Warming Climate, Frozen Thinking

I want to raise a ruckus in your head, to get things crackling and popping. My hope is this: As you read these essays, you’ll go new places with your thinking, not necessarily in agreement but in concord, as fellow apes who hold the future of our big-brained species in our prehensile hands.

This book is not an exercise in sweeping linear thought barreling along from premise to conclusion. It’s meandering, but with an end in mind: Knitting together a mosaic of thought that is whole and clear and catalytic.

These essayistic meanders all flow from the same headwaters: The tiny point in time in which we live. Humans have often considered the cataclysms of their time to presage the end of the world. Well, a particular hullabaloo might have ended their world, but not the world. Our time is no different in one way, because we’re simply too puny to end the physical world. After all, the earth has a few billion years left before our sun turns red giant and engulfs our little speck in space.

But what we can do, as scientists have pointed out, is to end the world as homo sapiens and our primate predecessors have known it. Our willy-nilly ways of burning fossil fuels have cast a cloud of carbon over the earth, threatening to turn our blue-green home into a hellish, brutal staging area for never-ending wars over ever-diminishing resources – and with breath-taking speed. That, in my opinion, is saying something.

The powerbrokers of the world seem hellbent on aping the ancient chiefs on Easter Island. You may remember that rival chiefs built bigger and bigger statues to out-phallus each other, which required felling more and more of the island’s forest to transport the giant stones. Their megalomania knew no bounds – until the last tree was chopped down, followed by environmental and cultural collapse.

So on the one hand, there’s the ticking of an environmental time bomb, and on the other, leaders who don’t lead, merely lust for loot and power. So what’s a thoughtful person to do or even think about this horrific situation? These essays are my own answer, and I’d like to share them as you ponder your own response.

Ah, you might say, who are we to pretend that plain citizens have any answers of any kind to anything of national and international import, in our confused and chaotic and cacophonous world? Isn’t that what we have “experts” for?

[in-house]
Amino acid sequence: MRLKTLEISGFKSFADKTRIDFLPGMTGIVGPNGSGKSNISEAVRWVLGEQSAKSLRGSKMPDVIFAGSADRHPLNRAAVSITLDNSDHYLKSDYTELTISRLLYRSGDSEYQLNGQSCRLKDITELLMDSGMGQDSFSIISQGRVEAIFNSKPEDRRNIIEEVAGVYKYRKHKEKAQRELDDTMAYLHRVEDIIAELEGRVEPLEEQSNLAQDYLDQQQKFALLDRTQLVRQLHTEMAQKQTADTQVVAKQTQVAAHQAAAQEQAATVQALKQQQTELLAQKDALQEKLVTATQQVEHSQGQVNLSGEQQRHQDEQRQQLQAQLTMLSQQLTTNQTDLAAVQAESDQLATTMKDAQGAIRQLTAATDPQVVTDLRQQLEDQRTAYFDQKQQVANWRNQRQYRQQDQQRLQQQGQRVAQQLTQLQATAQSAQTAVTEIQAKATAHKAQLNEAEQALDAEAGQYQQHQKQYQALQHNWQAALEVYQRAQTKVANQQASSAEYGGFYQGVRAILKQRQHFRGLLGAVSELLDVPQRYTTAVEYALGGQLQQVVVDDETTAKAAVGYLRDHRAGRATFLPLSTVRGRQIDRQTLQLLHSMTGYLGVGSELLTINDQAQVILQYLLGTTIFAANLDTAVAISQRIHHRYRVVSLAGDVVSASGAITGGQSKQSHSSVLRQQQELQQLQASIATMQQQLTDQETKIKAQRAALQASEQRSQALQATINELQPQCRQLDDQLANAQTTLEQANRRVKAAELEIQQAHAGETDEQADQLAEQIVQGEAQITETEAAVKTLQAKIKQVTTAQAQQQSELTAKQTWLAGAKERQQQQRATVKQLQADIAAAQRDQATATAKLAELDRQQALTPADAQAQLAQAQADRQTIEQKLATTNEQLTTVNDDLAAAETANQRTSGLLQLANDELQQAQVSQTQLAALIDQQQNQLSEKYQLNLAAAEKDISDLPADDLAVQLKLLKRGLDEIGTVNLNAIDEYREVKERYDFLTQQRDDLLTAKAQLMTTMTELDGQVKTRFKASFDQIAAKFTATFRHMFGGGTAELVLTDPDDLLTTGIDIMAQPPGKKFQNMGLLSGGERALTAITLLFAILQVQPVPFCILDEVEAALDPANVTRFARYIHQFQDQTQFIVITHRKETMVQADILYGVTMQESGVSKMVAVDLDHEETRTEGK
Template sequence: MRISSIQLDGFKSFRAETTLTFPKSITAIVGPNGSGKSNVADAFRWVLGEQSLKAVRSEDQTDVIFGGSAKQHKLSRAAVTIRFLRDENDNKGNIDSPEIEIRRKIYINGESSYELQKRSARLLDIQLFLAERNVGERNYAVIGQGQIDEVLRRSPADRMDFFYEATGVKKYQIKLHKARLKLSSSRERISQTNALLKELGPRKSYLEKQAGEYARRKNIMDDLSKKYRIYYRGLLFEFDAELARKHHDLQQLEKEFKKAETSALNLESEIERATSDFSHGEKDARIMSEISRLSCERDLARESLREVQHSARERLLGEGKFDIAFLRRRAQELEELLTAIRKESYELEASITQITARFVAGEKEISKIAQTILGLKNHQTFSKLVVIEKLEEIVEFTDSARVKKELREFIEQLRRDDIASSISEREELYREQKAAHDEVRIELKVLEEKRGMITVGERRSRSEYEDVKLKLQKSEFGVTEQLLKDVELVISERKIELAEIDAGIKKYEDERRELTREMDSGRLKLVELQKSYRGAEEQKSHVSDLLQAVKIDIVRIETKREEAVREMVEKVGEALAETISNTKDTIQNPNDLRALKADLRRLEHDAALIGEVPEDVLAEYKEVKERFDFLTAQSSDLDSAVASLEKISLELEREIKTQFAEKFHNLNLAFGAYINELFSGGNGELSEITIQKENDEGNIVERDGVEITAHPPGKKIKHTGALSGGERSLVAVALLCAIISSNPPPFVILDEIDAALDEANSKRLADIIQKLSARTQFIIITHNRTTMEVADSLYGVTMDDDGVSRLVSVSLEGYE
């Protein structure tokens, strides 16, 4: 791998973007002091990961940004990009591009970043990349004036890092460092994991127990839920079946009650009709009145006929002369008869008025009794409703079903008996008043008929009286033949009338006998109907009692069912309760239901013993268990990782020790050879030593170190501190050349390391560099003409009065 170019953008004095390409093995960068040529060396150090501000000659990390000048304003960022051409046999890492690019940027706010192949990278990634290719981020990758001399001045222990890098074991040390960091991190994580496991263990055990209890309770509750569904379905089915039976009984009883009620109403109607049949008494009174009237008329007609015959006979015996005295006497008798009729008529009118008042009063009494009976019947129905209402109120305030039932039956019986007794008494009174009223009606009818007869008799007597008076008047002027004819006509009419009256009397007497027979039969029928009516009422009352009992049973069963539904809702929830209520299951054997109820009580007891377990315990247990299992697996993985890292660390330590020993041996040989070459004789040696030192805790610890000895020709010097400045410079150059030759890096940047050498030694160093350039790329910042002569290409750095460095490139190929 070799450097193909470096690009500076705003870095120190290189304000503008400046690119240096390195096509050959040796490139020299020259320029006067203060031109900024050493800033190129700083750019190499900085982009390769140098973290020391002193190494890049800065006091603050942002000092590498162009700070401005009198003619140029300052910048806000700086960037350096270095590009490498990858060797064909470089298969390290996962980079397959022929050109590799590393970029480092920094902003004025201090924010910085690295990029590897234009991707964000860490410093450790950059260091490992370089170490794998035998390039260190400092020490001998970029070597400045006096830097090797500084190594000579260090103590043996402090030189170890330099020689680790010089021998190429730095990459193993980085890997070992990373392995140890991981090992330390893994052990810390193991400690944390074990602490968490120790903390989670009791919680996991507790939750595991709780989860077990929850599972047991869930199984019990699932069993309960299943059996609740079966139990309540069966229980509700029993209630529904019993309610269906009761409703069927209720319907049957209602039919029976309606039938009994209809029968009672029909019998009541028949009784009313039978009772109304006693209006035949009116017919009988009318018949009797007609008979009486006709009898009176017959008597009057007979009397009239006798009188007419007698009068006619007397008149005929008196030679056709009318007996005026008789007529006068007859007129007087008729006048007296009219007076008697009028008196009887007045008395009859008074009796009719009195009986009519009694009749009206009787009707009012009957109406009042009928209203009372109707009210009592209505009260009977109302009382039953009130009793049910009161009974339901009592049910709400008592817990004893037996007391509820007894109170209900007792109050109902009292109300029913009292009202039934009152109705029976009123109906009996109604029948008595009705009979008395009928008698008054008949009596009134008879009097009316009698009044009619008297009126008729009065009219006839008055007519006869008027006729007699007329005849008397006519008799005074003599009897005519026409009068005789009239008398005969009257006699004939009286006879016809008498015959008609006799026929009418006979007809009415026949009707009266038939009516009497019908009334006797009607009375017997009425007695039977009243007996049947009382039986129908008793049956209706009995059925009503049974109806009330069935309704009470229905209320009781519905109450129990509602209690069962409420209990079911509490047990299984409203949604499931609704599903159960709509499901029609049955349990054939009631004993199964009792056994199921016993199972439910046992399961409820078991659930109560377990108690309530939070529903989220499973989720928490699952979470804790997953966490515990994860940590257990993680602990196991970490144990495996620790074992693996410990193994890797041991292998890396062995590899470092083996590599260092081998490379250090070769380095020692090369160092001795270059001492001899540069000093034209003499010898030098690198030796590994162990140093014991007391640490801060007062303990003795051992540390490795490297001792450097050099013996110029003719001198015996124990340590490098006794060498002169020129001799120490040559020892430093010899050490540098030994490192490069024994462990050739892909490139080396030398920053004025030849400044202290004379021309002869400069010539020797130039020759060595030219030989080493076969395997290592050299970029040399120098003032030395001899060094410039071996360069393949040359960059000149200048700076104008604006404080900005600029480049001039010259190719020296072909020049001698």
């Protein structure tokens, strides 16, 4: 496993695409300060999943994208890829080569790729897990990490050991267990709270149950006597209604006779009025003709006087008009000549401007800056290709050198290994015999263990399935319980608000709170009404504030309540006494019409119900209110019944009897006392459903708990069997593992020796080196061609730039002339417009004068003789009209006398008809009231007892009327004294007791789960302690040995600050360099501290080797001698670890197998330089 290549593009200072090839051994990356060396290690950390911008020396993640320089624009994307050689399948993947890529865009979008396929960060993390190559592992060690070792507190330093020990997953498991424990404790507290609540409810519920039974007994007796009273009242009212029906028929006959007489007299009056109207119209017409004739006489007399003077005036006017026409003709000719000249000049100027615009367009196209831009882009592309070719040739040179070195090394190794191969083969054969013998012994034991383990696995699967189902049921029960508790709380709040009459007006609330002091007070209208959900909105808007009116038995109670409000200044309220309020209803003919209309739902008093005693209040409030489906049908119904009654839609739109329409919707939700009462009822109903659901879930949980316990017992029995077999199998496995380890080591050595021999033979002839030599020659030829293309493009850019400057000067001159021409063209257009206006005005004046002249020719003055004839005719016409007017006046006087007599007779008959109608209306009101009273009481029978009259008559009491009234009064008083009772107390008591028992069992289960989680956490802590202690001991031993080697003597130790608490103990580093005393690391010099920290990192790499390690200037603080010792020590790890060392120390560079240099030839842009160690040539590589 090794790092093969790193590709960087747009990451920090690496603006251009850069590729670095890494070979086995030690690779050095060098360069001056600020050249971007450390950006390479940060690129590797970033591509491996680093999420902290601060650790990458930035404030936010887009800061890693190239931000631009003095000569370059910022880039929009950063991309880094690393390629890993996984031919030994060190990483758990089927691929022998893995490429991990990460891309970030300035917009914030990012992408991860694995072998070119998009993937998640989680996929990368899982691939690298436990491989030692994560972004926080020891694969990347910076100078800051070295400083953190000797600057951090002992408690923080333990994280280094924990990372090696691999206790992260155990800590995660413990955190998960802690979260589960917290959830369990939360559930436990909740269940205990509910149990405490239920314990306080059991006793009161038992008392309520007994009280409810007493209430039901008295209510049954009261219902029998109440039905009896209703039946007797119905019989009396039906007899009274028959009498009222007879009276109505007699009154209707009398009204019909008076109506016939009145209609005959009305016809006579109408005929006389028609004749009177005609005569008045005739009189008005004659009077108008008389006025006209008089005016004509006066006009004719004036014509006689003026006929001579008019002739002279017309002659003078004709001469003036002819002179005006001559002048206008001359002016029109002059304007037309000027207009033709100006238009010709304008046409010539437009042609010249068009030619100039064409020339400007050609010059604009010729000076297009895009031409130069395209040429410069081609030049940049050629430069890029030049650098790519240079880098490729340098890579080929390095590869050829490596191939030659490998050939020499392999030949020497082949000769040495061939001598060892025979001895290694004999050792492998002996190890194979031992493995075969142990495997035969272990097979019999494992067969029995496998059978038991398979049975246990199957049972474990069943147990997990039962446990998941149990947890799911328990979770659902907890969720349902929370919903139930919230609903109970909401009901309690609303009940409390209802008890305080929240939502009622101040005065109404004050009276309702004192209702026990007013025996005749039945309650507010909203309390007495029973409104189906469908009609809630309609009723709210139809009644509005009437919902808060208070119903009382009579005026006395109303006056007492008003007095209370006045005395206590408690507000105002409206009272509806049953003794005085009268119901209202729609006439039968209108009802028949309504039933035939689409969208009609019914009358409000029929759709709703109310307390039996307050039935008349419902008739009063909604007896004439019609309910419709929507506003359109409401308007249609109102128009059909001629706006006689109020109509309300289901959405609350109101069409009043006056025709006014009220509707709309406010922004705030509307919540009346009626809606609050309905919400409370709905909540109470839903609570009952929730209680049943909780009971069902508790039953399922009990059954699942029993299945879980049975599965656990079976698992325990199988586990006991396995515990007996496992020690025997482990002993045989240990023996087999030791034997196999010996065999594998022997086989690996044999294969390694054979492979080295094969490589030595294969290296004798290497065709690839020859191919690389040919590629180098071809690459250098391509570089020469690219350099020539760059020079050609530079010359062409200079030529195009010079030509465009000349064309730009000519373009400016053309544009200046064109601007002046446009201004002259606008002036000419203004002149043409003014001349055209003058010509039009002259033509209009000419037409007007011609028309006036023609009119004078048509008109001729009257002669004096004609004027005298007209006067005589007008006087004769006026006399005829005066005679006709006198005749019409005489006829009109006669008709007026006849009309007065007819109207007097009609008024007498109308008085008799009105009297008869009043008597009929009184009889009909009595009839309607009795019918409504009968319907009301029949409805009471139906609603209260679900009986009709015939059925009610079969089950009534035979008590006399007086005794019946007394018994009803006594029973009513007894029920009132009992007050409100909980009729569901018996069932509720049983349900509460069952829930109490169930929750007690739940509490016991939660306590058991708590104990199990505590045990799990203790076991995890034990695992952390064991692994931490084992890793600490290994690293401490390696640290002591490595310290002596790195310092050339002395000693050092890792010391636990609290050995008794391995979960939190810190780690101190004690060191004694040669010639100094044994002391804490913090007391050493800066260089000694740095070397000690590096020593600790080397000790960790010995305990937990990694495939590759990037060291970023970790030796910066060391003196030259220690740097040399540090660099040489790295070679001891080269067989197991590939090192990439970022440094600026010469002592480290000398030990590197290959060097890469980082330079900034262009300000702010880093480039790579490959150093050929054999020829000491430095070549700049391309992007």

I’m glad you asked. Philip Tetlock, a professor at the University of California, Berkeley, tracked some 82,000 predictions by 284 experts in his 2005 book, “Expert Political Judgment.” His finding: The political experts’ predictions were only a little better than random guesses. That held true regardless of each expert’s experience or access to classified information. And you have only to gaze at the recessional wreckage of the American economy in 2008 and beyond to witness the misery inflicted by the ignorance of economic experts.

So what about climate scientists? Are their virtually universal predictions of a warming planet merely more prattle from experts? Hardly. There’s an immense difference between pretending to predict the vacillations of politics and economics, vs. the measurement of air and water temperatures around the globe in comparison to the past.

Climate change – if you regard it as an implacable response from our planet – demands dramatic changes in human comportment. Yes, governments must act, but so must we. We must be awake in the Thoreauvian sense, think about things, then act. In so doing, we’ll have an effect on others, on economies, on governments, on the earth itself.

So what’s a person to do? Well, let’s get on with it, shall we?